- New York Democrat Anthony Weiner is the lastest politician to admit to missteps in his personal life
- Eliot Spitzer in a recent interview: "I think we all know that politicians dissemble . . ."
- Expert: "Society socializes us to be deceptive and to tell people the kinds of things they want to hear"
- "If you elect these guys and you expect them to be honest, you're deluding yourself," expert added
Psst! Here's a truth: Politicians lie. They lie about their personal lives like Anthony Weiner did. And Eliot Spitzer. And Mark Sanford. And Bill Clinton. And John Edwards. Shall we go on?
They lie about policy too. America's top spy, Director of National Intelligence James Clapper had to issue a statement explaining why he testified before Congress that the U.S. government is not gathering dossiers on American citizens when it's now clear that the U.S. government is gathering all their Internet and phone data.
They lie to supporters. When some Republicans pledge to repeal Obamacare, it might be what the voters back home want to hear. But the lawmakers know it's not going to happen.
They change their policies between fundraising, campaigning, and governing.
President Barack Obama opposed a mandate that people get health insurance when he ran for president. But that didn't stop him from signing one into law. Was that a lie?
Clapper, America's top spy, found himself admitting to giving "erroneous" information to Congress.
He had testified at a Senate committee that the government was not collecting vast amounts of data from most Americans.
"No sir," Clapper said.
After Edward Snowden leaked NSA secrets, Clapper was forced to write a letter to the Senate Intelligence Committee and apologize.
"I have thought long and hard to recreate what went through my mind at the time," he said, adding that, "My response was clearly erroneous -- for which I apologize," Clapper said.
So maybe Eliot Spitzer told the truth about lying when he said on NBC recently, explaining why it's OK for him to run for office again after his 2011 prostitution scandal, "I think we all know that politicians dissemble all the time about negotiations, on substantive issues and probably on personal issues as well."
A lot of baseball players have been in the news recently for lying, too. In New York, already coming to grips with the two cads running for citywide office, Alex Rodriguez's relationship with the truth is about as tenuous as his relationship with the Yankees. He had said he didn't take performance enhancing drugs (PEDs is what they're calling them these days). But he tested positive.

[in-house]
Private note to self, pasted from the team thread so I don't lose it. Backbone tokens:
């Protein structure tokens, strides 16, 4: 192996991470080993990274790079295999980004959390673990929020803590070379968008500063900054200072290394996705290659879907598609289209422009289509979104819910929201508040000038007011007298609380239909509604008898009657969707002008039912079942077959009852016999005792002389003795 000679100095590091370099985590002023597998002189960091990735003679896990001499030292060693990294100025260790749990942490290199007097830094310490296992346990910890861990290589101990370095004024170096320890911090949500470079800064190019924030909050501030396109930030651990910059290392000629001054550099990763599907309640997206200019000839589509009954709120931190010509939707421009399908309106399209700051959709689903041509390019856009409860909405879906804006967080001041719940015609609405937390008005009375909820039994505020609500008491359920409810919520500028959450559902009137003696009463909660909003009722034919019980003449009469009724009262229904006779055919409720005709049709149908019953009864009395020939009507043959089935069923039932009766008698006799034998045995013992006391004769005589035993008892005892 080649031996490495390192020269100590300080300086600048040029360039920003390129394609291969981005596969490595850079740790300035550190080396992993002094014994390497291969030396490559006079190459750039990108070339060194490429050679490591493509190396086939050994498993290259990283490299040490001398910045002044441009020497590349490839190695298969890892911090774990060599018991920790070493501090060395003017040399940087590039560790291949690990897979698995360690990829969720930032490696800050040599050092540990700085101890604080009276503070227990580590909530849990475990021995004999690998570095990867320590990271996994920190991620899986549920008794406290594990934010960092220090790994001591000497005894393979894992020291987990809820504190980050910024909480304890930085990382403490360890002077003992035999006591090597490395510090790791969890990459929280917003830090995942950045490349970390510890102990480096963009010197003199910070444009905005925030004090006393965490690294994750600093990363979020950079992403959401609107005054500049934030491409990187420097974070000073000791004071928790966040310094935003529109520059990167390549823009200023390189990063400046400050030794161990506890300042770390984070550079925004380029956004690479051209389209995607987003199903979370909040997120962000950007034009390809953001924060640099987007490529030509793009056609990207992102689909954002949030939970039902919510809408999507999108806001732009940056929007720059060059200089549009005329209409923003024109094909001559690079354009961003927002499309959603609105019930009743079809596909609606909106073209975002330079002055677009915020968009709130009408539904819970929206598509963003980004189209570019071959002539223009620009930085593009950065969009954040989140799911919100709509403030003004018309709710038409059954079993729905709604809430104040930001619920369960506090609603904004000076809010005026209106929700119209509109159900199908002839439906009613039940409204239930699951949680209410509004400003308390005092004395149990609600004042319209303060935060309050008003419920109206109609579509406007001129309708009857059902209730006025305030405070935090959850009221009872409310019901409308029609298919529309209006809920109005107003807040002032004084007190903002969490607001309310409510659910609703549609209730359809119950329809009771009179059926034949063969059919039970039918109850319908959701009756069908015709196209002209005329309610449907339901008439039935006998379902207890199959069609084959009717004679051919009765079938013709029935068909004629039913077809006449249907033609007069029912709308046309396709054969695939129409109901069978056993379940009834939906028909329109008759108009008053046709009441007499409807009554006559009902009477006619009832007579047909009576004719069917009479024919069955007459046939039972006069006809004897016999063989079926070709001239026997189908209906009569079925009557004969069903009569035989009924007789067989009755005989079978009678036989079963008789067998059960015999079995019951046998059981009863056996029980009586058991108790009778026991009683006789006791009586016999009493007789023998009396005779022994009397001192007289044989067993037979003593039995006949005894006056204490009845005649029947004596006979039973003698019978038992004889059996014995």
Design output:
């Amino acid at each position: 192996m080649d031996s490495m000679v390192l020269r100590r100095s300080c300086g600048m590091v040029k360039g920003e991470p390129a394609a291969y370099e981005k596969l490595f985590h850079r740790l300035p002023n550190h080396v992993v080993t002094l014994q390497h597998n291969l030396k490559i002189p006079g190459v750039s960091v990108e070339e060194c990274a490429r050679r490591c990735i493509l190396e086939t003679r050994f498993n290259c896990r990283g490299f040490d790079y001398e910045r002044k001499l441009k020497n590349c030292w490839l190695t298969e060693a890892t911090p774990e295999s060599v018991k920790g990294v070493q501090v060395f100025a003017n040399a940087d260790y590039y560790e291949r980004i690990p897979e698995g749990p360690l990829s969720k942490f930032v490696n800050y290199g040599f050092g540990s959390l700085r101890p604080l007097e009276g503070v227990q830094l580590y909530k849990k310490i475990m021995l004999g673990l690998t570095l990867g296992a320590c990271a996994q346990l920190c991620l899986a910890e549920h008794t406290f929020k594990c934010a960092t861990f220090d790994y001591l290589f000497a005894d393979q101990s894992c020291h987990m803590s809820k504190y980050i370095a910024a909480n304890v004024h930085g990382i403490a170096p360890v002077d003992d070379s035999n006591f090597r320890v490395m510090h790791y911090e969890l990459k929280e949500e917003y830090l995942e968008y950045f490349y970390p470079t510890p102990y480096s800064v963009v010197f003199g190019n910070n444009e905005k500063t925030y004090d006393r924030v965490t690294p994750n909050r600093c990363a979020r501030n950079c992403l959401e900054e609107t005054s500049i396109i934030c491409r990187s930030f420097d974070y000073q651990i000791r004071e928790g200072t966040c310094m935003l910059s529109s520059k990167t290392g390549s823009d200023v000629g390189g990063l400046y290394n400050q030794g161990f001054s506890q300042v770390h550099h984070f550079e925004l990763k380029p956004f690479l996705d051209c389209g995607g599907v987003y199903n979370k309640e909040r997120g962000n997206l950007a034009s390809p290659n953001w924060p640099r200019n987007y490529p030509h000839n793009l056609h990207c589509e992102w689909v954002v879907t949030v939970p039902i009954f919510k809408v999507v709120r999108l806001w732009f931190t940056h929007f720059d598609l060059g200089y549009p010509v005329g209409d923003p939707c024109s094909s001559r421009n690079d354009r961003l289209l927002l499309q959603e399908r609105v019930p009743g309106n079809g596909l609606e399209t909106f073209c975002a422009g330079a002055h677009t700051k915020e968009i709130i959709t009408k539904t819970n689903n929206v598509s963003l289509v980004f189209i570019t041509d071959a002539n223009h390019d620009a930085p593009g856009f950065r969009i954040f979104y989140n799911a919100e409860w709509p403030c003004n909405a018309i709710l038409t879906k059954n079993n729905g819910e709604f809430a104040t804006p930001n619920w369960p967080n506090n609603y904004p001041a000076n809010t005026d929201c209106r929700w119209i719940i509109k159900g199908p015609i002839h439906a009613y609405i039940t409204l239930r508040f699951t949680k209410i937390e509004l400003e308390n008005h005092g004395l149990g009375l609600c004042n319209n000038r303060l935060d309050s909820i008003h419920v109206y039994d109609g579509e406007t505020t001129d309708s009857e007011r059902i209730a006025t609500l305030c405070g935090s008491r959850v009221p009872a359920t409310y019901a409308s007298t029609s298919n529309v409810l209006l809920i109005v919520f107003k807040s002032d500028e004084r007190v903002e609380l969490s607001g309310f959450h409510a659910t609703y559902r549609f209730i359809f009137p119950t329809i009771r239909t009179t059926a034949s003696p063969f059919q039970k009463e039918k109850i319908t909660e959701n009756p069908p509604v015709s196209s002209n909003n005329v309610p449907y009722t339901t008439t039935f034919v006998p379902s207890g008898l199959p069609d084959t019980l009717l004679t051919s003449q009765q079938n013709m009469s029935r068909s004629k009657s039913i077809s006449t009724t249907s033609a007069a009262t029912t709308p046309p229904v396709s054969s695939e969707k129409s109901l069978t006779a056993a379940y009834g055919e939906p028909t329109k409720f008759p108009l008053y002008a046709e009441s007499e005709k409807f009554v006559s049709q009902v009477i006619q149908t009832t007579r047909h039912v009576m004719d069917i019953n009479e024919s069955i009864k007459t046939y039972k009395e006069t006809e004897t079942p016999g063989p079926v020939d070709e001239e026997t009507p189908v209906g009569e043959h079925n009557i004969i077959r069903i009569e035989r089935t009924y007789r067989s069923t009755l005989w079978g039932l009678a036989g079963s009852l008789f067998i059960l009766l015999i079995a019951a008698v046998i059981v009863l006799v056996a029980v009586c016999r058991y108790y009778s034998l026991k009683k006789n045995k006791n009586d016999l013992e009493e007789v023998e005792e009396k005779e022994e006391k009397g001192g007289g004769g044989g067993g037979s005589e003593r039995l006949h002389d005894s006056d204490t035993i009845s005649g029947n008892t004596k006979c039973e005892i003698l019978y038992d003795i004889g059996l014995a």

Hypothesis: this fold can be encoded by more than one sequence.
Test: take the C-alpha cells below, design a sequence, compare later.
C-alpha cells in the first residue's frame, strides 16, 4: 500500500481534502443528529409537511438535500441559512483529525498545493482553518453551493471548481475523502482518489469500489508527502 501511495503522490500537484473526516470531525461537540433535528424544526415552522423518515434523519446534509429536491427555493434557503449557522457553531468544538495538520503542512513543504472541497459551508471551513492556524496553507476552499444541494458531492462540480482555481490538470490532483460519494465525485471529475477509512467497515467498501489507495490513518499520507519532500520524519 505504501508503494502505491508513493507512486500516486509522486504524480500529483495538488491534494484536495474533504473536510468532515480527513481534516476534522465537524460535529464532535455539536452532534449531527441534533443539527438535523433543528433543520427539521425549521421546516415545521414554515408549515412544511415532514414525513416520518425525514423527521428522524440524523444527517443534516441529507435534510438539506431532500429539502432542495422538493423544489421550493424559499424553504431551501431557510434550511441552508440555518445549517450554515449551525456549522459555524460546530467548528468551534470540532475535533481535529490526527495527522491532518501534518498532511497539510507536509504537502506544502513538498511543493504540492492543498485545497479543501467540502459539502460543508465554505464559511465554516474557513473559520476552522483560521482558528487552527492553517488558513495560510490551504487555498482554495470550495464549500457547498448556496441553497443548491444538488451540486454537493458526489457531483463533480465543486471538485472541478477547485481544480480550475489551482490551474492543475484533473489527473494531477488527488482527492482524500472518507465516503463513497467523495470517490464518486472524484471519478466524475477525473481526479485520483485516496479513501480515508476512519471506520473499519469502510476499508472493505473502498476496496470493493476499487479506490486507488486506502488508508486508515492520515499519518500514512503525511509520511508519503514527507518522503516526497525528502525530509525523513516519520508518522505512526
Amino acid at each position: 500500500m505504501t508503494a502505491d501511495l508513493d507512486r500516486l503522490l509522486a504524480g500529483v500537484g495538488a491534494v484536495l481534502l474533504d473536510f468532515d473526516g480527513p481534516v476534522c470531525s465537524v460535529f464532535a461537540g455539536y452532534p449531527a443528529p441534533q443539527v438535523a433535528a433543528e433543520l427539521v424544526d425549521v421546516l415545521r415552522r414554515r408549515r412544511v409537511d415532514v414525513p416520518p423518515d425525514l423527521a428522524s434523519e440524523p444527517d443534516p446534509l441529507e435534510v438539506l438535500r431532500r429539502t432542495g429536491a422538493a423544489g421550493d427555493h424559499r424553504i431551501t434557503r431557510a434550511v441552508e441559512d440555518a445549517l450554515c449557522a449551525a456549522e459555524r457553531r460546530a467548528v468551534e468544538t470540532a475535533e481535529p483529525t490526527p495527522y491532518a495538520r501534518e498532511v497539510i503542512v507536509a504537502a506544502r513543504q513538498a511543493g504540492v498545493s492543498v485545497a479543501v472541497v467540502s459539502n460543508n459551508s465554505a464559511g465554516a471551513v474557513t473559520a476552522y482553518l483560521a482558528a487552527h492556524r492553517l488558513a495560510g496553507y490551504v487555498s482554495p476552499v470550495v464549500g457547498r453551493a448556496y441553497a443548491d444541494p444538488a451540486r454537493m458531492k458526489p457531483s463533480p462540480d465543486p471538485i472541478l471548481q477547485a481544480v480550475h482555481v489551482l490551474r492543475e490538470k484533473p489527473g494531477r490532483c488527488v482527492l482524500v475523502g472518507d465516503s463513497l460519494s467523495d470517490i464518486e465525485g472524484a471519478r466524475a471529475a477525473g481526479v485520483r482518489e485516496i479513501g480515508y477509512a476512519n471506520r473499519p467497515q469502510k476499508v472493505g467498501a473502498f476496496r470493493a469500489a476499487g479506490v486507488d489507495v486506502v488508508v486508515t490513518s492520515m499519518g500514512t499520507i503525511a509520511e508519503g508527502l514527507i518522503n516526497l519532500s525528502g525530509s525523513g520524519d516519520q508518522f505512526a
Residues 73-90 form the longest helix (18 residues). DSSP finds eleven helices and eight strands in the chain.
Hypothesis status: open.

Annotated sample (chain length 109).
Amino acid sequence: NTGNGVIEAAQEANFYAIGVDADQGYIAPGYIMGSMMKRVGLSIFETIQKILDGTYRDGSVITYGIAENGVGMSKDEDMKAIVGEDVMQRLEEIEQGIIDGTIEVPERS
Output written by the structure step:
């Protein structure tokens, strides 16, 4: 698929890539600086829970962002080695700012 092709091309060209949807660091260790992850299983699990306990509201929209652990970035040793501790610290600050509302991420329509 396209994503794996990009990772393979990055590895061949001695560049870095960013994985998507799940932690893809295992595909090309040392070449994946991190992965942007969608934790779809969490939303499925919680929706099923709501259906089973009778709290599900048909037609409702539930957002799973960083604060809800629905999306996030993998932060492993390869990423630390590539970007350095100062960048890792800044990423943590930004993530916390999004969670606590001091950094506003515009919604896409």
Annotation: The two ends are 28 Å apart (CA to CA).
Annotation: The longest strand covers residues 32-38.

The Milwaukee Brewers' Ryan Braun got suspended by Major League Baseball for the rest of the season. He's now admitted to taking performance-enhancing drugs.
That means he lied when he stood in front of TV cameras in 2012 and said, "I'd bet my life" PEDs didn't enter his body. They did. And Braun's life isn't over. He'll be eligible to play again next year.
Let's be clear, just about everyone lies, according to the experts. And a little lying is OK.
"The ones who never lie are probably the people we don't want to be around very much," said Robert Feldman, dean of the College of Social and Behavioral Sciences at the University of Massachusetts, Amherst. "They tell us we're putting on weight or don't look very good that day."
"Society socializes us to be deceptive and to tell people the kinds of things they want to hear," he said, adding that most people get away with most of their little lies.
But little lies can beget big lies. And when someone gets away with lying enough and they can justify it to themselves, that's when you end up with bald-faced lies like Edwards saying the love child wasn't his. It was. Or Braun swearing on his life that he hadn't taken the drugs. He had.
"So most of the time we get away with our lies," said Feldman. "We're not questioned and it's fairly easy to be deceptive. A lot of what we see from people who come out with these egregious kinds of lies is they have experience with getting away with being deceptive so they don't think about the consequences."
Dr. Shaul Shalvi, a psychology professor at Ben Gurion University in Israel, has studied what entices people to lie. In one experiment, participants were given a dollar each time they hit a number on a die. He found they were more likely to lie the more chances they got.
"It is easier to shuffle the facts than to invent new facts," he said.
Perhaps Lance Armstrong justified lying about his own long-term use of performance-enhancing drugs because he was feeding his own inspirational narrative as a cancer survivor, Shalvi said. Of course, Armstrong was also enriching himself.
Shalvi didn't want to offer an opinion on Weiner or Braun, but Feldman said voters should beware.
"In one sense, society seems to be encouraging people to lie. And then they do this calculus that it's not going to be that bad," he said, referring to Bill Clinton, who weathered his lie about having sexual relations with Monica Lewinsky and today is a respected elder statesman.
"If you elect these guys and you expect them to be honest, you're deluding yourself because they have a history of deception," said Feldman. "The best predictor of future behavior is what they've done in the past. If Anthony Weiner wins this election, the message is that you can do virtually anything and get away with it, multiple times."